I had a nicely equipped ID.4 on order - produced actually - then I came to my senses. At 53k, it was pretty pricey and completely unnecessary as a third car (or second honestly, practically speaking). If I was replacing a family car, it might have made sense (from a price only perspective). But there is really no EV out there (that I am aware of) capable of hauling 5 people, a dog, and gear for skiing, camping, biking, or whatever, 400 miles one way. For me, I was looking at a car that could absorb some gas usage out of the ICE vehicles we have, and thus spending an extra 15-25k on an EV to save 2-3k per year (if I'm lucky) made no sense to me. But if I wanted a lux vehicle for me only, I might have jumped into something nicer, probably will in a few years. But honestly most of the ones out there now: Hyundai, Kia, ID.4, even the Teslas, don't appeal to me at all design-wise.
 

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The way these EVs are priced changes that math. You come in with a starting MSRP in your head around $40k and then see $60k, out of reach of most subsidies, it just changes the math, completely and entirely.

Yet these things are sold out continually. The fact that there's never a reckoning for these obviously stupid at face value financial decisions is proof our entire financial system is fucked. If this many people can waste this much money this consistently without the thing coming crashing down that means the system is rife with slaves whether those slaves know they're slaves or not. Capitalism, **** ya.
Any [NA assembled*] EV that can be classified as an SUV gets the $7500 subsidy up to $80k. For example, that now includes the Lyriq and ID.4, under the latest ruling.

No doubt some people are spending too much of their budget on cars, but $60k EVs are still a small fraction of all new vehicles sold. And many are just buying used cars.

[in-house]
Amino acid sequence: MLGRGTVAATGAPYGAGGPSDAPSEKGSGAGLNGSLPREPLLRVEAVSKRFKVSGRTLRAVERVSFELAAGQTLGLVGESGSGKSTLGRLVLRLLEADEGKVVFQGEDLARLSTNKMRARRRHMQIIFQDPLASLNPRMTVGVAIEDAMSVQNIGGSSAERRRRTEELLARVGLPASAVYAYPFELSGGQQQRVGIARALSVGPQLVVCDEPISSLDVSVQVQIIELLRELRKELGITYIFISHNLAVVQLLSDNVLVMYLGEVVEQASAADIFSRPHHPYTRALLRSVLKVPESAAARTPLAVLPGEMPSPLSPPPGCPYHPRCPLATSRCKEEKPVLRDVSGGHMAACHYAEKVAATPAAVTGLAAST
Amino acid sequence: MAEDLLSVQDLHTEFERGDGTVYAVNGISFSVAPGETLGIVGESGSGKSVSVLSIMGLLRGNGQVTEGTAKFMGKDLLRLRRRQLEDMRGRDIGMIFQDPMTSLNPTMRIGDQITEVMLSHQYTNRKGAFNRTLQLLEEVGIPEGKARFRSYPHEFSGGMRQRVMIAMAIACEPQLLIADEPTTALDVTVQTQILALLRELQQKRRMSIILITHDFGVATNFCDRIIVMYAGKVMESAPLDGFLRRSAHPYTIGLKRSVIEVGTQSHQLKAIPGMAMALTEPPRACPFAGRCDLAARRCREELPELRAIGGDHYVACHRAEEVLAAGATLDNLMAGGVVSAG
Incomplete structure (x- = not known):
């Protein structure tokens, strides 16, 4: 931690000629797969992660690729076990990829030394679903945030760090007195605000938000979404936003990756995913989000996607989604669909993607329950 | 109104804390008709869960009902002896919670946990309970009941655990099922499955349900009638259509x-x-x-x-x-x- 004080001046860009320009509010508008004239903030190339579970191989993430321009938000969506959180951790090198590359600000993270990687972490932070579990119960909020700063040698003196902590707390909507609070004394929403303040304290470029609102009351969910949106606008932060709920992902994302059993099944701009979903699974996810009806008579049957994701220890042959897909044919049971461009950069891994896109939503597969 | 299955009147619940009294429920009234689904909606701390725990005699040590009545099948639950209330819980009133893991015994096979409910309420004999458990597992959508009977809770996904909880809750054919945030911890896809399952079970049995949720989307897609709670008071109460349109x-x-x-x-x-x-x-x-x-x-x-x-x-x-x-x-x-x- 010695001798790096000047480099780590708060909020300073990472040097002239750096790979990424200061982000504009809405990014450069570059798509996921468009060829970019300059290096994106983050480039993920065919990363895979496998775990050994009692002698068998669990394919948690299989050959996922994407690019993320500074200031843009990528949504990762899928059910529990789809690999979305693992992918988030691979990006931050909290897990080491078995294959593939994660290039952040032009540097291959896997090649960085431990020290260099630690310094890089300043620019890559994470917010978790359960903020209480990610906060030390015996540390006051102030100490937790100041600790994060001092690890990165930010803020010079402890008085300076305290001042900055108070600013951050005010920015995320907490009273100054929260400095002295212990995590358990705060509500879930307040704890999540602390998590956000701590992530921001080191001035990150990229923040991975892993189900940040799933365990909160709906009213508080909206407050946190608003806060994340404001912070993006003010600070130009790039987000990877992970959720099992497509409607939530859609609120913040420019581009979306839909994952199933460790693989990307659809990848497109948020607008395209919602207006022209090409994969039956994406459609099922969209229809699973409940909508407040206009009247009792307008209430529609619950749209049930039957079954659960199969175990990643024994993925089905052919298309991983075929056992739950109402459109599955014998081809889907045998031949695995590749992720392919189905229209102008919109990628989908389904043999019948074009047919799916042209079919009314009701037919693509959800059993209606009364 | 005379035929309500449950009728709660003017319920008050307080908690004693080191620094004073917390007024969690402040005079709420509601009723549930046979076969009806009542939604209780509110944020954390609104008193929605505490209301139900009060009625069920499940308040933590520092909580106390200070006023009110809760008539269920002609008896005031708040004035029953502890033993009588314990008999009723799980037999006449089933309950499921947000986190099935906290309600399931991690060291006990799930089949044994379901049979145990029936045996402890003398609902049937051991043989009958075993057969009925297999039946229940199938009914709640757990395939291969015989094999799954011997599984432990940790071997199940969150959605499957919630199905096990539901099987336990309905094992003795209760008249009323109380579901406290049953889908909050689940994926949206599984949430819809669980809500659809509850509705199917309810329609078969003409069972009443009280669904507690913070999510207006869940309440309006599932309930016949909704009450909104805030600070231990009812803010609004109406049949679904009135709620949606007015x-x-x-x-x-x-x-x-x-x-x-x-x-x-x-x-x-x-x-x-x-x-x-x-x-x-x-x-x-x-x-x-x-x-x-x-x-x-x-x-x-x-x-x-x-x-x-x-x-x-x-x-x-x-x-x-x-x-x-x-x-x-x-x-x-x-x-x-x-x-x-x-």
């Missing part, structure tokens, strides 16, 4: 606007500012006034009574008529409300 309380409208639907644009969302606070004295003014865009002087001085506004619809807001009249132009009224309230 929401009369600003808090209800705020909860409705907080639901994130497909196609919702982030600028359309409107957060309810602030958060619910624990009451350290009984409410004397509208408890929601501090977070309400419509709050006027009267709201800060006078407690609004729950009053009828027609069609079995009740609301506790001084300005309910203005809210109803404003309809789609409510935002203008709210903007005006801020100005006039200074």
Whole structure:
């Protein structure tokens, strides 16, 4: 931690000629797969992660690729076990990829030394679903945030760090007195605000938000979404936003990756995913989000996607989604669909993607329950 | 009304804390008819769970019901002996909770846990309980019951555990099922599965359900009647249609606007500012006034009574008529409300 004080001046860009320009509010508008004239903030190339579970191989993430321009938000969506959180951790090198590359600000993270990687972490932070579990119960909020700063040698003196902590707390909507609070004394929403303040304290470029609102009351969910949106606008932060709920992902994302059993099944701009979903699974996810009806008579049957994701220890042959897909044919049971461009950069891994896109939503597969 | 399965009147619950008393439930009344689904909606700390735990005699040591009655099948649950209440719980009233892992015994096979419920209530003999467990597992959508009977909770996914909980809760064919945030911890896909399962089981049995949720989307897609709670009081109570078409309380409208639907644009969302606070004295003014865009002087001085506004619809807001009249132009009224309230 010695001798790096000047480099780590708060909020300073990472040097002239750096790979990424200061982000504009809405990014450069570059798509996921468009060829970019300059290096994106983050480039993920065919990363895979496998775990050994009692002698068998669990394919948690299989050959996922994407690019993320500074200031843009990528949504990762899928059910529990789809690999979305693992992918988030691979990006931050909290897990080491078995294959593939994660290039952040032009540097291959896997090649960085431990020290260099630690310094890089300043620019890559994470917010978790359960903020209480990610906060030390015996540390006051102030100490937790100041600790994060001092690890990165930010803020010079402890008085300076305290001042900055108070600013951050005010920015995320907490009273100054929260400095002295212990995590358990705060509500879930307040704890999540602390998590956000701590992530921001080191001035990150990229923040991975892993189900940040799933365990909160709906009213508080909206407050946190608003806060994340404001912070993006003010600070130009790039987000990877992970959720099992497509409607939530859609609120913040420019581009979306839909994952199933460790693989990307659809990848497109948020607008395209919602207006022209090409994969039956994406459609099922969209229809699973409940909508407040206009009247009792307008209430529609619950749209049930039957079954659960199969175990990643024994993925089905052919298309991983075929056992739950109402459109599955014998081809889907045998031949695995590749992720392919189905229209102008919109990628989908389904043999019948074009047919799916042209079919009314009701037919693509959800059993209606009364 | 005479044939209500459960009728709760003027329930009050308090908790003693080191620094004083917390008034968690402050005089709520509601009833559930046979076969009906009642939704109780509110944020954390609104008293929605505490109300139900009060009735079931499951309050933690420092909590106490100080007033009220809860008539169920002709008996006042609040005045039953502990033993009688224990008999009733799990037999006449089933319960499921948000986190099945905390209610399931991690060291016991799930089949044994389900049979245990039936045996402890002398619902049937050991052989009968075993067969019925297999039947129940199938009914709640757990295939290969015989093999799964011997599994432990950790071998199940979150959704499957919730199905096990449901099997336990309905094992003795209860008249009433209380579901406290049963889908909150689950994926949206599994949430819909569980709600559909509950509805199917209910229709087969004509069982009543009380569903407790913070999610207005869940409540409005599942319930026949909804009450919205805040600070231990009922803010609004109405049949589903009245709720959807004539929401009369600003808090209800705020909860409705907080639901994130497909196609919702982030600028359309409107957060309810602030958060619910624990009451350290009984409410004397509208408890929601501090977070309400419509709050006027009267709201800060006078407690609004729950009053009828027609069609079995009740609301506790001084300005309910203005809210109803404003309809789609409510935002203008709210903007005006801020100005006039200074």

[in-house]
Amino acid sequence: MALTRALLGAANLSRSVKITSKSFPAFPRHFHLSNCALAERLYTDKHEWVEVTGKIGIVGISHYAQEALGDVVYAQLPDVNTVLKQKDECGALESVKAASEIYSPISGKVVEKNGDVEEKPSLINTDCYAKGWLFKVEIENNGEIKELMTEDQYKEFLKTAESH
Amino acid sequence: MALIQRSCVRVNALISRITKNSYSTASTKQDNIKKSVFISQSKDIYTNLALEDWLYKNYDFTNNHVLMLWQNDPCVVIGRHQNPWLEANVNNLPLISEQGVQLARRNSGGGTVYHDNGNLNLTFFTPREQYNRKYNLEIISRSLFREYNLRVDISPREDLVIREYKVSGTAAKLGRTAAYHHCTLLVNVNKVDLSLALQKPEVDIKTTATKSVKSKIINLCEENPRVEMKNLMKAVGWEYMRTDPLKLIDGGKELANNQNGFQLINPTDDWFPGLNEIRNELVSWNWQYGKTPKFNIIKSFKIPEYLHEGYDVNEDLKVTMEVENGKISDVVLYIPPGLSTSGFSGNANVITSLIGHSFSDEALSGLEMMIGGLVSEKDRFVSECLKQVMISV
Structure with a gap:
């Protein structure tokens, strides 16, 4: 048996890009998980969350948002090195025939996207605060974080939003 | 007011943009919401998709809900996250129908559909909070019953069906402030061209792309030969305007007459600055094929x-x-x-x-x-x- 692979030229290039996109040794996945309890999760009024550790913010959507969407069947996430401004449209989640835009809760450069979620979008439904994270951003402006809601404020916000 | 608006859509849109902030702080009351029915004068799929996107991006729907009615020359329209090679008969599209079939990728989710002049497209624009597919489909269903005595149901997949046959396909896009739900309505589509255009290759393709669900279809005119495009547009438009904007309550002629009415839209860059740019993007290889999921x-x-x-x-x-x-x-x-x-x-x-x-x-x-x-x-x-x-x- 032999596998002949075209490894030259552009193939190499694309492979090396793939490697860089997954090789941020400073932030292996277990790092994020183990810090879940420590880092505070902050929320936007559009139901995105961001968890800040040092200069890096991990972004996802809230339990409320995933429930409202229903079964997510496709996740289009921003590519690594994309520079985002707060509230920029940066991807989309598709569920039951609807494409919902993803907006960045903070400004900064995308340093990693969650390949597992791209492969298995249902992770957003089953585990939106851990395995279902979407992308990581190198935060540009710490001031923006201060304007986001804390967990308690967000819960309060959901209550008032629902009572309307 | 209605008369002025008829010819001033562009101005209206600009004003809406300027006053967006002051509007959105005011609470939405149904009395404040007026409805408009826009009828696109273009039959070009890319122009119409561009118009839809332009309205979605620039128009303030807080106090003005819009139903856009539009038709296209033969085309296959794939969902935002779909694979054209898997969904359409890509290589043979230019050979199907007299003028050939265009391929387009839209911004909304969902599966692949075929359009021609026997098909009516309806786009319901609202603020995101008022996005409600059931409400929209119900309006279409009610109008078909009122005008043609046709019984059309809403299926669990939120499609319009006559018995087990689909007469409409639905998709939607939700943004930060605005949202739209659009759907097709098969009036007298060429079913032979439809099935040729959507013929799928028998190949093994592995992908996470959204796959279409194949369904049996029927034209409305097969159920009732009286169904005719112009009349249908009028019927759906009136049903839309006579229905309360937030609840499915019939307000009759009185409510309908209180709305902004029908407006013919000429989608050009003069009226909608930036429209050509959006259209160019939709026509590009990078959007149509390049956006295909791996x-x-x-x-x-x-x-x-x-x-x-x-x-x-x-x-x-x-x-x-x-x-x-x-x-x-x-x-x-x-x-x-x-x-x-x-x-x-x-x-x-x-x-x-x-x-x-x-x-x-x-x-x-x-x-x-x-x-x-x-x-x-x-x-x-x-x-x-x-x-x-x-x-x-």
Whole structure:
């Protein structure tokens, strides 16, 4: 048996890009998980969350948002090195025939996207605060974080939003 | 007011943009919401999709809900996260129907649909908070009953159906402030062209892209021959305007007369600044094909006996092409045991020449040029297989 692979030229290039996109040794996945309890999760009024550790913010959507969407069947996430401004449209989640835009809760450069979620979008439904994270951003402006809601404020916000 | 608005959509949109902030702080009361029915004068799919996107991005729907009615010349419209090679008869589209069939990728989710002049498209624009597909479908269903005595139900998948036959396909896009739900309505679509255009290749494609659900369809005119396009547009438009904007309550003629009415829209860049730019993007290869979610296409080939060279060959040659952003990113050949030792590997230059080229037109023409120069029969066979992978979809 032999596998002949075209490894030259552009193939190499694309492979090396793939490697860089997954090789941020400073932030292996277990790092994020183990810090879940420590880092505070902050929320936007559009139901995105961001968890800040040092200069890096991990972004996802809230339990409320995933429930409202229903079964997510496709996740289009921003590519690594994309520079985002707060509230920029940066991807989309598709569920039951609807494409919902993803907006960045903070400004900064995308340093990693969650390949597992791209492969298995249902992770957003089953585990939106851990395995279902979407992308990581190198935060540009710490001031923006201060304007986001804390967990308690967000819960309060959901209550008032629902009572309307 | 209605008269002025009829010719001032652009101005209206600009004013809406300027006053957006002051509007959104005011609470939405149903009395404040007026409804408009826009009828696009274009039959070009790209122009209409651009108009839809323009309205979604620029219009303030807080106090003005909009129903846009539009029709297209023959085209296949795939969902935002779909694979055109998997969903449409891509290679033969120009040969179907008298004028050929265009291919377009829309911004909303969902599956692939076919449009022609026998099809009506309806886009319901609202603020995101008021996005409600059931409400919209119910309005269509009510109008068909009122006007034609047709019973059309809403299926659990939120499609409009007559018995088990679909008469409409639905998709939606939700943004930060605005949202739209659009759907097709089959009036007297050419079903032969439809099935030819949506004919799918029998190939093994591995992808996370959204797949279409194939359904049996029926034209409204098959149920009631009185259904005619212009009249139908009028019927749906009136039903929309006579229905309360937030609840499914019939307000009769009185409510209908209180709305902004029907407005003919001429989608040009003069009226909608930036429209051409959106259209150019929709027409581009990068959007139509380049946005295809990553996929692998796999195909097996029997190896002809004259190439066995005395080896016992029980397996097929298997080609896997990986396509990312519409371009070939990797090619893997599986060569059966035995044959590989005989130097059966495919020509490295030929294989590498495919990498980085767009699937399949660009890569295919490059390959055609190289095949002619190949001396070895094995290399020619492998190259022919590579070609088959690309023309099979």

And, a $60k Ioniq 5 to someone making $120k/year post tax, is 6 months of work. That's exactly the same amount of labor as a $30k Bolt is to someone making $60k/year post tax. So, the Ioniq 5 buyer may be no more (or no less) a "slave" than the Bolt buyer.

* Clarification thanks to @atc98092
 
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Any North American assembled EV.
Thank you for the clarification. I was careful to only give the Lyriq and ID.4 as an example, but good catch on your part. I edited my post, but credited you for it.
 

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Yeah, it's just a detail that needs to clear when discussing the federal tax credit. They have made it so convoluted to determine what/who qualifies for the credit. I wish they would have given the manufacturers a window of eligibility to allow time to transition to NA assembly, but it is what it is.
 
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I highly considered an EV6 and was a month or so away from delivery (after waiting 8months). I would have qualified for the tax rebate but it wasn't 100% clear given what qualified as a deposit. Anyway, both Ioniq5 and EV6 are stellar vehicles. But, the BoltEUV is a better value for what it is. I think if someone is in the need to DCFC routinely (like daily) then the difference in price between a Bolt or Ioniq5 is probably worth it for the time saved. The Bolt's weakness is the Ioniq5's strength. Most people charge at home/work and road tripping is not a daily thing.
 

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I bought a Bolt. My wife got the Ioniq 5. I've been upstaged!
That's nothing! I drive a 12 year old shifter car Cruze. My wife has a loaded EUV. She lets me borrow it occasionally though. :D
 

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Clearly this calls for a Bolt EV to be in the driveway too. Probably come close to breaking even on the running costs on the Cruze :D
I've been extremely lucky with the 2011 Cruze Eco. Out of warranty repairs so far, are under $500 total. The brakes, exhaust, and clutch are original. It doesn't hurt that I'm handy with a wrench though, as I've been able to cheaply fix a few things myself. And I do my own oil changes.

And my mpg is about 35 in mostly city driving. Cheap insurance too, just basic coverage. Hard to justify replacing it with an EV since, being retired, I now only drive it about 2k miles/year. The EUV is the "family" car, but my wife gets first dibs.

Actually, I'll likely never replace the Cruze. If it starts to nickel and dime me to death, I'll just get rid of it and we'll manage on one car. I can rent Bolts by the hour just two blocks away, plus we have good transit close by.
 

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Get your Eco rims if you do junk it.
I removed them from the car in the fall, and am now using the OE wheels from our late Volt on the Eco. The Volt was totaled with the snow tires/wheels on. At some point, the Eco rims will find their way on our EUV.

You are right, these forged aluminum wheels need to roll on after the Eco is gone. They've only been through one winter, and are in good shape.
Tire Wheel Automotive tire Vehicle Motor vehicle